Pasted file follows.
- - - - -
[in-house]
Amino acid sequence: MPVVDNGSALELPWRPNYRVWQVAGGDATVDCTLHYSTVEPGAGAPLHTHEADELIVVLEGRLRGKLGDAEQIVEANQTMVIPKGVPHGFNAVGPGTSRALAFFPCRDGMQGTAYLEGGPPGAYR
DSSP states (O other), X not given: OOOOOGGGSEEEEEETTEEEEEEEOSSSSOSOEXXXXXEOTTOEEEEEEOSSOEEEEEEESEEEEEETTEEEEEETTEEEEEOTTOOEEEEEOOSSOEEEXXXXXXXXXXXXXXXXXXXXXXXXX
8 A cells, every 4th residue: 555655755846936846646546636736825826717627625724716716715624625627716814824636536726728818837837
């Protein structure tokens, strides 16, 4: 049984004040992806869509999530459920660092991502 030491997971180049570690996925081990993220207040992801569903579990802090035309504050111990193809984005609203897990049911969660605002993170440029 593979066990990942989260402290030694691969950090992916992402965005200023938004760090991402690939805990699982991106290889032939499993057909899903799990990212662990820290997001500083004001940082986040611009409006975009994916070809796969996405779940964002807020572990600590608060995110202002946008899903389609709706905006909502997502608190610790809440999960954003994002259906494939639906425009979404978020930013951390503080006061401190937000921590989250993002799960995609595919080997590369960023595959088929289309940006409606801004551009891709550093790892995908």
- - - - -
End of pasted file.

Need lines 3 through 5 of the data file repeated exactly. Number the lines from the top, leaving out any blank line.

DSSP states (O other), X not given: OOOOOGGGSEEEEEETTEEEEEEEOSSSSOSOEXXXXXEOTTOEEEEEEOSSOEEEEEEESEEEEEETTEEEEEETTEEEEEOTTOOEEEEEOOSSOEEEXXXXXXXXXXXXXXXXXXXXXXXXX
8 A cells, every 4th residue: 555655755846936846646546636736825826717627625724716716715624625627716814824636536726728818837837
């Protein structure tokens, strides 16, 4: 049984004040992806869509999530459920660092991502 030491997971180049570690996925081990993220207040992801569903579990802090035309504050111990193809984005609203897990049911969660605002993170440029 593979066990990942989260402290030694691969950090992916992402965005200023938004760090991402690939805990699982991106290889032939499993057909899903799990990212662990820290997001500083004001940082986040611009409006975009994916070809796969996405779940964002807020572990600590608060995110202002946008899903389609709706905006909502997502608190610790809440999960954003994002259906494939639906425009979404978020930013951390503080006061401190937000921590989250993002799960995609595919080997590369960023595959088929289309940006409606801004551009891709550093790892995908």